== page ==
The idea is each time a teacher completes a challenge, they add a sticker to the board.
Three comments from students today as qe worked with Barfing Monsters to wrap up our Unit 0 on Patterns.
Day 2 and 3
1. Student asks – did you come up with this on your own? Or did you find it on the internet? Well. The idea actually came from @samjshah from NY and @mathdiva77 from SC or NC. It was originally planned for a pre-calculus class I believe. Then @cheesemonkey from San Francisco started to modify it for Algebra 1. And she shared it with me, I made some adjustments and here we are.
2. Is this for an elementary class? Really? Barfing Monsters? Doesn’t sound very high school is to me.
3. Are these real people’s names? Yep, these monsters are need after real live math teachers. I proceeded to name the states in which they lived.
Lots of laughter. Some hurting brains. But good discussions and ideas shared.
My dear friend messaged me yesterday with an idea for a digital hallpass, asking if it could be done. Sure, let’s try it. So this evening, this is a basic idea of what we come up with…
Create a g-Form.
This one actually asks students to submit name, then whether they are leaving or returning to class. Based on the response, it sends them to destination dropdown menu if leaving or submit response if returning. Since the g-Sheet will time stamp responses, there is no need to ask for time.
Copy the share link and create a QR code on the hall pass to post in specific spot in classroom for students to scan and fill out the form prior to leaving the room and again as they return.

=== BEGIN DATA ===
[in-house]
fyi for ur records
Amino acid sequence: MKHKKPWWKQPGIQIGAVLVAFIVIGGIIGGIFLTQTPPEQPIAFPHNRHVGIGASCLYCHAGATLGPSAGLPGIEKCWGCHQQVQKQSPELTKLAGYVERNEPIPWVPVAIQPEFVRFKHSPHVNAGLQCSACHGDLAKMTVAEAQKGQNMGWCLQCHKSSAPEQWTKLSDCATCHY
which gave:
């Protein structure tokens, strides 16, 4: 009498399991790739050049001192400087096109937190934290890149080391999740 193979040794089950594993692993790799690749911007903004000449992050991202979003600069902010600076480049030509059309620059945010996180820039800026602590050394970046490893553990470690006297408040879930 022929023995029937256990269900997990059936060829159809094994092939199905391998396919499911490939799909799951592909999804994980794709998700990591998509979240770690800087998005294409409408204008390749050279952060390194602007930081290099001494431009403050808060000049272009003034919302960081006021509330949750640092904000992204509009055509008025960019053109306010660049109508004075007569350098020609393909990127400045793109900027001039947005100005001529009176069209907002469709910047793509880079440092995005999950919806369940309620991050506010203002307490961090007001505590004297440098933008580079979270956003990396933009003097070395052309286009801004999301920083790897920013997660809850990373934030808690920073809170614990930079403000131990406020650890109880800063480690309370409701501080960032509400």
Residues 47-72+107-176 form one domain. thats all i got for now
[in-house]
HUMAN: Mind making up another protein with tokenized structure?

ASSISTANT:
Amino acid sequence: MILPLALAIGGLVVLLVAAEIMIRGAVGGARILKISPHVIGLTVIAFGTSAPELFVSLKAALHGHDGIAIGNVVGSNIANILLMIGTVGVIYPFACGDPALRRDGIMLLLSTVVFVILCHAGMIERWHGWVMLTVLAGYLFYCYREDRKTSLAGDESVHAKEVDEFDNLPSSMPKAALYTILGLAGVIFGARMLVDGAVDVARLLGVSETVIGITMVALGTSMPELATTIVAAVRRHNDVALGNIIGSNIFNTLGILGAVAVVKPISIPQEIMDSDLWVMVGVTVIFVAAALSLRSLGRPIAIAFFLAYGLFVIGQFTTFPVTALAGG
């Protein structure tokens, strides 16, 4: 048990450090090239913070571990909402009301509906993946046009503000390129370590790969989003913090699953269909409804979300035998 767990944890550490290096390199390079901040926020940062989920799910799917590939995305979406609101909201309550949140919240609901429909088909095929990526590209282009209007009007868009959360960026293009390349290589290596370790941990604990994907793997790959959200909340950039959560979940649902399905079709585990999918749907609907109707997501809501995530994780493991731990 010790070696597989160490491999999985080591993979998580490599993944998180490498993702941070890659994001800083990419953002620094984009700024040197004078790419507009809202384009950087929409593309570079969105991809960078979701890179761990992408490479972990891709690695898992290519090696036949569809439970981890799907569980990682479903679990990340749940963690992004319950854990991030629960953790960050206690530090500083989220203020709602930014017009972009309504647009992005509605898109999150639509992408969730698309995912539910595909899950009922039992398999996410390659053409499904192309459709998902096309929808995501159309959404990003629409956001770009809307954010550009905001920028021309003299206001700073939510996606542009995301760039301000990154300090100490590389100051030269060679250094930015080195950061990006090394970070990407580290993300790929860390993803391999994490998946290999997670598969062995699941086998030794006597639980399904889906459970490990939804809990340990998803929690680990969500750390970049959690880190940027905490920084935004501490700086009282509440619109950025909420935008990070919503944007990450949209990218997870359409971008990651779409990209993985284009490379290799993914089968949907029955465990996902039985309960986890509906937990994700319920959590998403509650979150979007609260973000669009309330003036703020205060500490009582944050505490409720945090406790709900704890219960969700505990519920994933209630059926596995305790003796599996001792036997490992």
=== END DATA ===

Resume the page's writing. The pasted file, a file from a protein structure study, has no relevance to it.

Not sure if you should have a class device available for those who don’t have a working device? What other ideas would this work for?
It is moments like this I appreciate tech – getting collaborate with my dear friend who lives many hours away now – but feels just like she’s still across the hall! Thanks TCB for the idea!
Earlier in the summer, I read / chatted Creating Cultures of Thinking, Ritchhart. This is a paragraph I had marked to revisit before school began.
Close your eyes and picture a classroom, any classroom – just not your own teaching space. A generic, made-for-television classroom will do. Take a visual walk around the room to notice what is there. Now open the door to the classroom and walk outside the room. Eyes closed. What greets you? Now, head to the library in your virtual tour and have a look around in your mind’s eye. What did you notice in your virtual tour of this imagined school? What was familiar? What was inviting? What left you cold?
I’m sure each person will answer each of those questions differently. I know a classroom is not what makes or breaks a teacher’s success. But I also know that I spend many, many hours each day and am glad to have a place I can sit and enjoy a calm, quite moment when needed.
I realize each person may have different preferences on the layout and style of their classrooms. But I prefer mine to be dynamic, ready to adjust at a moment’s notice. I want it to be a happy place – for my students, yes. But also for me – I believe I can gain energy for my students if I feel happy in the space. I want a space that speaks life, a space students feel welcome and are allowed to be creative.
Through the years, I’ve visited many different schools. Walking through the halls, the library, in the cafeteria…one can tell what’s valued and encouraged from a walk through those places. There’s an experience of energy – that trickles down to those who walk through those halls.
For me, it would be ideal to have evidence of learning, laughter, those things that matter most to us. If you could design your ideal school environment, what would one see, think, experience as they walked through the halls?